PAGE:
It’s almost embarrassing how often I rely on Stephen Downes to highlight things of interest. Today he links to an apparent rant by “Professor Anonymous,” all aflutter because college students use laptops in class and might not be listening to the lecture.
Some suspect the post is a parody. It’s hard to tell with insights like these:
- [Over a period of ten years]…other than a couple of tweaks…[my] lectures are pretty much the same.
- On one side of [my PowerPoint slide] is a neat outline or a definition. On the other side, there’s an image that’s usually aimed at gathering a few cheap laughs.
- [I use the class website] for posting links to additional reading and for reminding students of the next class assignment.
Somehow the post, and especially the discussion (over 50 comments) made me think of Starbuck’s. Or McDonald’s. Or Jiffy-Lube.
Anonymous (does she call herself “Professor” outside of faculty meetings?) seems to care about her field, and in a way to care about her students. I’m not sure, though, that she’s ready to abandon the notion that lectures with note-taking are the ideal way to teach, let alone an optimal way to learn.
I myself can be a pretty good note-taker — in college, note-taking was my main method of dealing with boring classes, though it failed me in that soporific course on Augustan literature.
I take a lot of notes now, too, long after I’ve recovered from MacFlecknoe and The Rape of the Lock. Stepping back mentally, I see the note-taking occurs in mainly three contexts. Since Professor Anonymous is clearly a believed in a body of knowledge, I’m seeing those contexts as relating to a different kind of body: a Significant Other.
Context 1: In Search Of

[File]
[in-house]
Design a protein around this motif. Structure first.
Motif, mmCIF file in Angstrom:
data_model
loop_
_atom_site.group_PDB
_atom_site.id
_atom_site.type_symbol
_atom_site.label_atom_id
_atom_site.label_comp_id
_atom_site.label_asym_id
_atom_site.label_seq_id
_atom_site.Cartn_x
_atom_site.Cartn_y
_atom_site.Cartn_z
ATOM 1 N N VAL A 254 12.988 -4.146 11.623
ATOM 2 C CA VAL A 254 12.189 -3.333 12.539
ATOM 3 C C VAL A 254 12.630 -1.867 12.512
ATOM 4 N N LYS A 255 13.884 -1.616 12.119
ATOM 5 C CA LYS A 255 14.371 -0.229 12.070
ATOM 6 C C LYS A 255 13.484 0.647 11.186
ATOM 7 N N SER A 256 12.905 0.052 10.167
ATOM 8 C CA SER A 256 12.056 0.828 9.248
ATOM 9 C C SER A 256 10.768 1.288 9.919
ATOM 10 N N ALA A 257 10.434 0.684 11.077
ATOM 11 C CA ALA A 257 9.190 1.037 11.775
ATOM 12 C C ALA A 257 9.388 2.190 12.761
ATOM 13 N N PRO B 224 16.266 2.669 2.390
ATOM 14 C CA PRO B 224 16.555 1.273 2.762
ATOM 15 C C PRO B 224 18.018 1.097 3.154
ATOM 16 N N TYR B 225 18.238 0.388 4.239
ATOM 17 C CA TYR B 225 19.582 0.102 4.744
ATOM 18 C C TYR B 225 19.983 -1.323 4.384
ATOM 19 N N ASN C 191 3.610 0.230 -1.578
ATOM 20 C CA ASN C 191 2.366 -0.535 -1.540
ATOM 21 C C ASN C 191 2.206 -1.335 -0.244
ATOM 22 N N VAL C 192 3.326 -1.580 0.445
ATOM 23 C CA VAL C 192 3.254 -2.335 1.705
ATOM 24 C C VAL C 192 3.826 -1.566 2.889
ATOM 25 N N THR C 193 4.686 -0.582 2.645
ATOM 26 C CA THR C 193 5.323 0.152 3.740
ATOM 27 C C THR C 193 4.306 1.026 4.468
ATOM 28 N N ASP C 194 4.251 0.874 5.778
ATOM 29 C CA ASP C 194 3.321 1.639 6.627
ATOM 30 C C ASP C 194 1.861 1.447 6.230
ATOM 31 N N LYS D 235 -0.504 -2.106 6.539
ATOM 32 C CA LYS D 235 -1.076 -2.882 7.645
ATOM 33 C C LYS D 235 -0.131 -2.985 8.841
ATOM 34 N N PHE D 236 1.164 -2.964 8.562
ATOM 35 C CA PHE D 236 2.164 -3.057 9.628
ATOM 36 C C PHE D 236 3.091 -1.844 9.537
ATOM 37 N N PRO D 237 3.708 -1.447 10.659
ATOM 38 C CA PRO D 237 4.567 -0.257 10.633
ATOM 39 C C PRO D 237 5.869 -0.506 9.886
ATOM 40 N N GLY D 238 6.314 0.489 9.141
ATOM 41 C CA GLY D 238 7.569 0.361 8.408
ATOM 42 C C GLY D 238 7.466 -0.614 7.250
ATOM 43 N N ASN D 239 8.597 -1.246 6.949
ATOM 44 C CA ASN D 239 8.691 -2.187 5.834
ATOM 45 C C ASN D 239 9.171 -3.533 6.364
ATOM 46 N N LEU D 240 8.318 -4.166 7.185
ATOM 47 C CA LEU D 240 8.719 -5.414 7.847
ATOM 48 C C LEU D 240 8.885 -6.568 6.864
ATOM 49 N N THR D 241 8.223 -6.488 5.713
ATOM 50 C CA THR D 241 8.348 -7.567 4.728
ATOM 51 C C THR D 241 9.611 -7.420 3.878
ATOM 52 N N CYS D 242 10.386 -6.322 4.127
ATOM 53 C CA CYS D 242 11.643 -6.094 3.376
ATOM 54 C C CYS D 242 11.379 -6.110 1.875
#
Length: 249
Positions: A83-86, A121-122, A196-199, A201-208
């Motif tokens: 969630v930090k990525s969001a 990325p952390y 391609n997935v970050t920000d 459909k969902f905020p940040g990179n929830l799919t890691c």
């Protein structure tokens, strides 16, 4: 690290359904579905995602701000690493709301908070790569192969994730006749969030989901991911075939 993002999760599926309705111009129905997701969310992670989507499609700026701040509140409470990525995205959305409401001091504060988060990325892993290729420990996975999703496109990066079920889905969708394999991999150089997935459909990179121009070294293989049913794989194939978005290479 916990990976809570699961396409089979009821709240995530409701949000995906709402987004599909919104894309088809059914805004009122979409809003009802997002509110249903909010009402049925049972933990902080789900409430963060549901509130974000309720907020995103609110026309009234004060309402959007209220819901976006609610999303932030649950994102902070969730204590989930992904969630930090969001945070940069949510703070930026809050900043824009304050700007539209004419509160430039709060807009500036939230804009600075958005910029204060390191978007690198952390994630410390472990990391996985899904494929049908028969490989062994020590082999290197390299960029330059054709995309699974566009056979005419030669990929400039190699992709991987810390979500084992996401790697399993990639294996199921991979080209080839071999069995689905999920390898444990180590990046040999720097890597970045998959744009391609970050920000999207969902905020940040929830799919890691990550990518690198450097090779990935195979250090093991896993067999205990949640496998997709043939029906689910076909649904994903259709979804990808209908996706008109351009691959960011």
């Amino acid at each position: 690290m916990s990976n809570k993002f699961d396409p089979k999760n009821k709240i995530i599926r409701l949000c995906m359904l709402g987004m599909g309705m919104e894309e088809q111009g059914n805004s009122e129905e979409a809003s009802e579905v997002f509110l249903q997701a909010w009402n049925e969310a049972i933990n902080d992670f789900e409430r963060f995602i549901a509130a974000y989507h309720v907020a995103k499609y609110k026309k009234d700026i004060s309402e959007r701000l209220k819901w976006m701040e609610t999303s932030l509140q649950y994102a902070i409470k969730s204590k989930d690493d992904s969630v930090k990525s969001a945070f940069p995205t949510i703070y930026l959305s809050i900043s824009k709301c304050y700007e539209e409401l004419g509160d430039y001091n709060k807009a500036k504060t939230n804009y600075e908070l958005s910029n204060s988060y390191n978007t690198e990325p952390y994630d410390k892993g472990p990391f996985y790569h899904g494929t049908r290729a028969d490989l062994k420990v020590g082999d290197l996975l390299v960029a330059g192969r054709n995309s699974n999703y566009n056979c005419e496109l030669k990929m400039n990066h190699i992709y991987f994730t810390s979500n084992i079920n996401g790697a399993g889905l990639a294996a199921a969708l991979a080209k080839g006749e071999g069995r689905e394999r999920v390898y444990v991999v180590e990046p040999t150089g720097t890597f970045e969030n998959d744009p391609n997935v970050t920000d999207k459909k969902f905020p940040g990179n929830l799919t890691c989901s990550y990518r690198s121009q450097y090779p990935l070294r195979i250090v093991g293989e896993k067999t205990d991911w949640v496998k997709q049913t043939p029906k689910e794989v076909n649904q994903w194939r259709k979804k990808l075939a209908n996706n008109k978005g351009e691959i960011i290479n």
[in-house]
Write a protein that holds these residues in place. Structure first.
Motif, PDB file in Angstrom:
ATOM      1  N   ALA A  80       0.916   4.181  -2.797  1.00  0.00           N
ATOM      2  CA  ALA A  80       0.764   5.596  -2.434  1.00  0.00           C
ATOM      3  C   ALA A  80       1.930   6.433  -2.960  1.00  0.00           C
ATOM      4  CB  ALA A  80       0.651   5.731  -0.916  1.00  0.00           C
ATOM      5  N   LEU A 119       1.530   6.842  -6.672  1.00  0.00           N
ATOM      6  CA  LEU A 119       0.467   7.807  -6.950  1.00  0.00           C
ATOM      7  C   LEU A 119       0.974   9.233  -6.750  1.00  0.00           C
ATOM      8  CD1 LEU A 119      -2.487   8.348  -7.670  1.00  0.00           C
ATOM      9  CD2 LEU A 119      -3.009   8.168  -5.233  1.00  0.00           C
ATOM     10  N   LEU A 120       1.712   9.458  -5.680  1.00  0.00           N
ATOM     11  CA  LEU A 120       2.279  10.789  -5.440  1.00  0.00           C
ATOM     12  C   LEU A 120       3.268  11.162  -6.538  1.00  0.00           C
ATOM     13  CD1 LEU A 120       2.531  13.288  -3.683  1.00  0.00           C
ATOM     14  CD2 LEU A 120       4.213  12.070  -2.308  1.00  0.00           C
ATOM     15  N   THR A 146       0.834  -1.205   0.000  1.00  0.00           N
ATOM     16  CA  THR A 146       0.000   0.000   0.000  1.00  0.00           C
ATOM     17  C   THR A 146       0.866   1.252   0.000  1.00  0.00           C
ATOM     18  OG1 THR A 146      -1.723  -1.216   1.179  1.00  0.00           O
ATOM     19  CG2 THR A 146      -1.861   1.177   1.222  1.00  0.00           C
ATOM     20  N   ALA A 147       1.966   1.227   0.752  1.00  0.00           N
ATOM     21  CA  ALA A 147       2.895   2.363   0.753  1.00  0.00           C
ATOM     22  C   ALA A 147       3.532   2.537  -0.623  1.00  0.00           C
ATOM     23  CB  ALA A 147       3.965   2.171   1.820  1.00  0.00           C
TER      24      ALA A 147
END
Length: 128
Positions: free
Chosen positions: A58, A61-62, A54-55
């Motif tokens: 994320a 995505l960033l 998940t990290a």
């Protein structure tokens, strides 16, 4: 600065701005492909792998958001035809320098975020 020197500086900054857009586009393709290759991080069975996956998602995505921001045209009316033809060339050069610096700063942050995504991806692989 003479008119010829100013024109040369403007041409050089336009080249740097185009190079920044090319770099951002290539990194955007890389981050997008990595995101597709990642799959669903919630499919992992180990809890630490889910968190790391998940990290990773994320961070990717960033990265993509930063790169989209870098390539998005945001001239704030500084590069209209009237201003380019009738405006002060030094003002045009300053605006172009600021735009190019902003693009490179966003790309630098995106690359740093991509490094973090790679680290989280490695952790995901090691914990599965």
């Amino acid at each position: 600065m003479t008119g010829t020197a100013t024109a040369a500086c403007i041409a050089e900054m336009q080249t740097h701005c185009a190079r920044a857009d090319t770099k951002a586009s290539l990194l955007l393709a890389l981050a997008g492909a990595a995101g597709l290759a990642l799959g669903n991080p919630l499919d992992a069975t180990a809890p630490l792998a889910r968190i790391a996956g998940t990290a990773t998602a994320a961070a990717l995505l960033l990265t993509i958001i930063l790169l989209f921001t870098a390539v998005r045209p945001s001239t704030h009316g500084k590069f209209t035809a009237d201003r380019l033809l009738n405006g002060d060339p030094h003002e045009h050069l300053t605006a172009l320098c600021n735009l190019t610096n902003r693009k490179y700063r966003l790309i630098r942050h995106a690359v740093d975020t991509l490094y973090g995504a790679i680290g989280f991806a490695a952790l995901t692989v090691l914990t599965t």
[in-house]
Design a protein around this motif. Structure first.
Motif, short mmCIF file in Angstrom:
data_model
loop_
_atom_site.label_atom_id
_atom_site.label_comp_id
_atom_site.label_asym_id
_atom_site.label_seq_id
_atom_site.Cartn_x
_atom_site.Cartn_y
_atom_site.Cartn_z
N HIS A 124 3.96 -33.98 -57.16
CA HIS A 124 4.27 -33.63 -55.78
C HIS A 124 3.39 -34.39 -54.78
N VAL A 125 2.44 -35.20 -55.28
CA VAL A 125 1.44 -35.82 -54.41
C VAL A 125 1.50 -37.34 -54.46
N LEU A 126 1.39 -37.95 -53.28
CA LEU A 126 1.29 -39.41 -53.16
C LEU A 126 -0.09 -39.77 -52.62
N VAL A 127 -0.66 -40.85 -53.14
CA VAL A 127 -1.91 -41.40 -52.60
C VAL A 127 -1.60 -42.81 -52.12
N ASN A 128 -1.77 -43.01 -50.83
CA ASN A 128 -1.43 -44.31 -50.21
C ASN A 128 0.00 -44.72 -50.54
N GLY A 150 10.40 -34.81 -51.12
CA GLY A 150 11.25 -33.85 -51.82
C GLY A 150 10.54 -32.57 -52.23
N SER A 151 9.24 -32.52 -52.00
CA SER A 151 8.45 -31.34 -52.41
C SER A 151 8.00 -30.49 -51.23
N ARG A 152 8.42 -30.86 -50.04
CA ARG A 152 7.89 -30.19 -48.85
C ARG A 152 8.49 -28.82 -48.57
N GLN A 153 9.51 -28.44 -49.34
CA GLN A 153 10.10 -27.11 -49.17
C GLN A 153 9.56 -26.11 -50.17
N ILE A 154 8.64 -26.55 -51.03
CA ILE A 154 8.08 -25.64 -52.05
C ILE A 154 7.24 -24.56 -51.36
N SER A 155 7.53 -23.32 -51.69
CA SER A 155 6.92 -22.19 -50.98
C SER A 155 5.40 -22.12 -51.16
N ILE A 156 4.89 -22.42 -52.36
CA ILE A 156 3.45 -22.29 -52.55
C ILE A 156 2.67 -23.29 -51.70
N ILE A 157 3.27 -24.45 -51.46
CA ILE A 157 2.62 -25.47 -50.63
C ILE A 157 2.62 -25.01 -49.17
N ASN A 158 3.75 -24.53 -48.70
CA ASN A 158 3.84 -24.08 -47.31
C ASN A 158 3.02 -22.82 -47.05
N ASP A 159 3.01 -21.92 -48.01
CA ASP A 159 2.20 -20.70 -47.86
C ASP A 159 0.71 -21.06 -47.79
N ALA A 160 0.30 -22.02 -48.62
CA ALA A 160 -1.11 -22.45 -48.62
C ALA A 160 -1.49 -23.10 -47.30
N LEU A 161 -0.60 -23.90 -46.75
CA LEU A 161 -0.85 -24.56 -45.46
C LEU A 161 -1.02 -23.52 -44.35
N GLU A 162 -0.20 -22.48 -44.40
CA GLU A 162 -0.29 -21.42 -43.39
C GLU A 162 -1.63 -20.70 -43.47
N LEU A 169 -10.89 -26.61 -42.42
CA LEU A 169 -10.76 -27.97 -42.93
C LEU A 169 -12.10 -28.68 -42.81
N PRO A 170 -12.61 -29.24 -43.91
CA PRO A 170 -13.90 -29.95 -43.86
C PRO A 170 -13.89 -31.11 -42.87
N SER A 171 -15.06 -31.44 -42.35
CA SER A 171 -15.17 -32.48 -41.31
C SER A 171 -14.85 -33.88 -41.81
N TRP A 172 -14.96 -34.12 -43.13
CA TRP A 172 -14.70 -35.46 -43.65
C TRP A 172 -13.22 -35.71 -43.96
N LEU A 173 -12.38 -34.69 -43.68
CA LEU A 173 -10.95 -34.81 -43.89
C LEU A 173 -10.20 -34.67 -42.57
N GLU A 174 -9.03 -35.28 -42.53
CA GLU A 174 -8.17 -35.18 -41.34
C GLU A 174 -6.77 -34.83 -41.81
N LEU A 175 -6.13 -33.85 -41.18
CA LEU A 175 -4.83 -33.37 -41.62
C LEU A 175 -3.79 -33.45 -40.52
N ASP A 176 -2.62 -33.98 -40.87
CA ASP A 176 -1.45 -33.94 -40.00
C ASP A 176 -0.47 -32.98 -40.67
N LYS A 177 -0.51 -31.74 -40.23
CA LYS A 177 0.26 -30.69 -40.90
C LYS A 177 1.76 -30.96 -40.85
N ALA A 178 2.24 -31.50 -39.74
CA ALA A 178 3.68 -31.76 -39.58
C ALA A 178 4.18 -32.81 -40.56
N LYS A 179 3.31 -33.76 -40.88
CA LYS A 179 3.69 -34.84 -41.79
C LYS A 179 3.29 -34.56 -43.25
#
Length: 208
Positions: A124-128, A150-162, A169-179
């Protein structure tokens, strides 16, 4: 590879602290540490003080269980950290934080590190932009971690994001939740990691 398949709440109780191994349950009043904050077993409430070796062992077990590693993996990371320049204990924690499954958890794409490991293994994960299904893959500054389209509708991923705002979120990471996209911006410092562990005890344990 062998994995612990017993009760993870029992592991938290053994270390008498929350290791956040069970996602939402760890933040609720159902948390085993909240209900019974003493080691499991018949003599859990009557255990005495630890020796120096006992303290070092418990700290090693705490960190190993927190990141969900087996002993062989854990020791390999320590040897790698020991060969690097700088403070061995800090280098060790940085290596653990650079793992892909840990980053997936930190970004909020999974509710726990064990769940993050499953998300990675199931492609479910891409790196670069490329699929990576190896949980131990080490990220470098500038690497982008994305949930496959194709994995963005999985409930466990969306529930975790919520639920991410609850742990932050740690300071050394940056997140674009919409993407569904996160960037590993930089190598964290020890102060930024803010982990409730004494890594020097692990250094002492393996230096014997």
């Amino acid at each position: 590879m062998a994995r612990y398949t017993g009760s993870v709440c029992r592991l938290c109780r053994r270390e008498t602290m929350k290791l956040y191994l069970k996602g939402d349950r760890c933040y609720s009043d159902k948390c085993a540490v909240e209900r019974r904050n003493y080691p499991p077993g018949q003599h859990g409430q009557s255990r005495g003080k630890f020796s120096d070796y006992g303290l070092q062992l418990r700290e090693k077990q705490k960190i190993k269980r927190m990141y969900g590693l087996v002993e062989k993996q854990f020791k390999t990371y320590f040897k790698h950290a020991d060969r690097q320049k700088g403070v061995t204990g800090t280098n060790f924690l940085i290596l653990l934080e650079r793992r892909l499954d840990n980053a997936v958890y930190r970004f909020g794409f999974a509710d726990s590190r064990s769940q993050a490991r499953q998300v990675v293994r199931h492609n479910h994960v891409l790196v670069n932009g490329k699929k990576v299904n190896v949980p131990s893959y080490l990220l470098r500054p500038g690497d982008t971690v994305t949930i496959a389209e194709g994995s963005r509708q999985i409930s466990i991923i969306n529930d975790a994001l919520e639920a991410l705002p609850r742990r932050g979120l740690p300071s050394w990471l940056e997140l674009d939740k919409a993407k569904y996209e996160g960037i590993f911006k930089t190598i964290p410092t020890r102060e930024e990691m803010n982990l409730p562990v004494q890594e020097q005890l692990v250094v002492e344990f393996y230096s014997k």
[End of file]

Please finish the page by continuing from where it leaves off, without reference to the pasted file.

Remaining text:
When I begin a new project, I often don’t know what’s going on. I’m not familiar with the “body” in question — bodies like pharmaceutical manufacturing, health claims for atomic-weapons workers, or vendor-managed inventory.
So I take notes as I go through background materials. In some cases I’m making my own outline of a relevant document; the process of condensing and arranging is helpful for me. It’s a reprocessing that works better, in my case, than simply reading.
In some cases, I don’t return to those notes; the note-taking helped me get started. As I began to understand what’s important to my client, I listen better and ask better questions.
Context 2: We Can Work It Out
I return to note-taking further into the relationship, usually a week or so after discovering how much I didn’t learn initially. I forget who said it, but it’s not the things you don’t know that get you in trouble; it’s the things you know that aren’t true.
In interpersonal relationships, and in relationships with a body of knowledge, I find over and over that somethings become more complicated, more nuanced, more contextual than I’d assumed. In a work context, I find that taking notes and sketching processes helps me focus. I try to simplify, to create a high-level understanding. That gives me a framework from which to hang the more accurate details.
Context 3: You Were Always on My Mind
The most important notes I take are the ones that seem least vital at the time. I push myself to keep a daily log of what I’ve been doing. This isn’t the same thing as blogging. My Whiteboard is for thinking out loud and inviting the comments of others.
No offense, but I don’t want to invite you to read my end-of-the-day notes.
For one thing, here on the Whiteboard, I don’t talk about current clients by name. If something’s worth talking about, I’ll invent a name and possibly another industry so I can muse without revealing any confidences.
In the relationship analogy, it’s like taking time to think about your significant other, whether she’s close by or off on a trip as mine is this week. What builds your relationship isn’t the trip to Edinburgh or Paris (though those can help); it’s day-to-day awareness.
When I’m working on a project, then, one of the most valuable things I can do for myself is to take 10 minutes or so at the end of a workday to note down what I’ve been doing, whom I’ve talked with, and especially what I’m either elated or concerned about.
It’s a form of mindfulness — something I decide to do (and with luck actually do) to focus on what I’ve been doing and why.
Going back to Anonymous’s post, I wonder if she and other commenters don’t view note-taking as an end in its own right. My own view is that they’re a tool to help me process what I’ve been doing. That process is at the heart of true learning.
Office-door image created by Matt McVickar.
Dalai Lama photo by Bruce Bortin.